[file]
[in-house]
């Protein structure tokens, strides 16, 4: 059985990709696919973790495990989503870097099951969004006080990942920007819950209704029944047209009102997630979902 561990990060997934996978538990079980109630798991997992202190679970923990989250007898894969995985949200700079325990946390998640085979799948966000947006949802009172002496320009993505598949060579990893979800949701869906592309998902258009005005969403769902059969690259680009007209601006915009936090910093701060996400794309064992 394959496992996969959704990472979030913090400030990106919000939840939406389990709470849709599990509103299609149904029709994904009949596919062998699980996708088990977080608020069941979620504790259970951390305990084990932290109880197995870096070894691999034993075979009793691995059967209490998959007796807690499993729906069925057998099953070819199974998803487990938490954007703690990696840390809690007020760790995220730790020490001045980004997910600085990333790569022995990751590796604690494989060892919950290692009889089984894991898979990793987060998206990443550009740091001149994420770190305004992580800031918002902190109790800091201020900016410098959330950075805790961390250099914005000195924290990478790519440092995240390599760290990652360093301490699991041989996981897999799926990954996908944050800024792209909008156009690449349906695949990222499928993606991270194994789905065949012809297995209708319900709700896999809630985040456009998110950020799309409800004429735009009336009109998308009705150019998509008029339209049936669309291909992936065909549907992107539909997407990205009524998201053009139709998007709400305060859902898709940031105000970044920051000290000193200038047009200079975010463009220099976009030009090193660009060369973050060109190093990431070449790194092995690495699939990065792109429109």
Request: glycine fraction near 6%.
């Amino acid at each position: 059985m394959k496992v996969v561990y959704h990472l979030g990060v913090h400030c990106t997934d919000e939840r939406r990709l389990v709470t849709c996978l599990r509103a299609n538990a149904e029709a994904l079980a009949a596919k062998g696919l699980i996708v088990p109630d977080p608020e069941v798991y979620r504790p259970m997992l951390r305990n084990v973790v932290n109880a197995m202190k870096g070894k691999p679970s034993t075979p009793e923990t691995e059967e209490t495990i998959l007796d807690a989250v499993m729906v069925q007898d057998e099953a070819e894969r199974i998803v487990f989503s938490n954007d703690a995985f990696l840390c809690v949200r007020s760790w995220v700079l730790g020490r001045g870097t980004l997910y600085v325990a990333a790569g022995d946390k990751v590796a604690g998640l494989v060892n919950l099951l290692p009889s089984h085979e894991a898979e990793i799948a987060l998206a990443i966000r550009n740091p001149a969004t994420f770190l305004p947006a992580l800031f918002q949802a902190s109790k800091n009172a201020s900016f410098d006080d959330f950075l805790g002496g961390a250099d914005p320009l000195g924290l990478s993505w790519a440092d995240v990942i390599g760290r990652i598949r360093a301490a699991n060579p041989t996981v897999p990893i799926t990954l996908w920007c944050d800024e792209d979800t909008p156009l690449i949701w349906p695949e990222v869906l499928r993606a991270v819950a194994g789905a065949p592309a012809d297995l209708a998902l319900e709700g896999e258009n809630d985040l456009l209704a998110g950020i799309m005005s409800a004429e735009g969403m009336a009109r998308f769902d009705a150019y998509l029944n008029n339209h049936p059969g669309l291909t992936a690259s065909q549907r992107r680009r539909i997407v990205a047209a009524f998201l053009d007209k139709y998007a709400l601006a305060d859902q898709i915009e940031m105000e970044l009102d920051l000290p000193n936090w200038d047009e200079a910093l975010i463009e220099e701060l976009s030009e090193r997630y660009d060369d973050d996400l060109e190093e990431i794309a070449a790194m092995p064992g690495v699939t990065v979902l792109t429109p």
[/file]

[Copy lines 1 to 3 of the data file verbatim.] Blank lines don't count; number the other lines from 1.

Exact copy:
[in-house]
């Protein structure tokens, strides 16, 4: 059985990709696919973790495990989503870097099951969004006080990942920007819950209704029944047209009102997630979902 561990990060997934996978538990079980109630798991997992202190679970923990989250007898894969995985949200700079325990946390998640085979799948966000947006949802009172002496320009993505598949060579990893979800949701869906592309998902258009005005969403769902059969690259680009007209601006915009936090910093701060996400794309064992 394959496992996969959704990472979030913090400030990106919000939840939406389990709470849709599990509103299609149904029709994904009949596919062998699980996708088990977080608020069941979620504790259970951390305990084990932290109880197995870096070894691999034993075979009793691995059967209490998959007796807690499993729906069925057998099953070819199974998803487990938490954007703690990696840390809690007020760790995220730790020490001045980004997910600085990333790569022995990751590796604690494989060892919950290692009889089984894991898979990793987060998206990443550009740091001149994420770190305004992580800031918002902190109790800091201020900016410098959330950075805790961390250099914005000195924290990478790519440092995240390599760290990652360093301490699991041989996981897999799926990954996908944050800024792209909008156009690449349906695949990222499928993606991270194994789905065949012809297995209708319900709700896999809630985040456009998110950020799309409800004429735009009336009109998308009705150019998509008029339209049936669309291909992936065909549907992107539909997407990205009524998201053009139709998007709400305060859902898709940031105000970044920051000290000193200038047009200079975010463009220099976009030009090193660009060369973050060109190093990431070449790194092995690495699939990065792109429109």
Request: glycine fraction near 6%.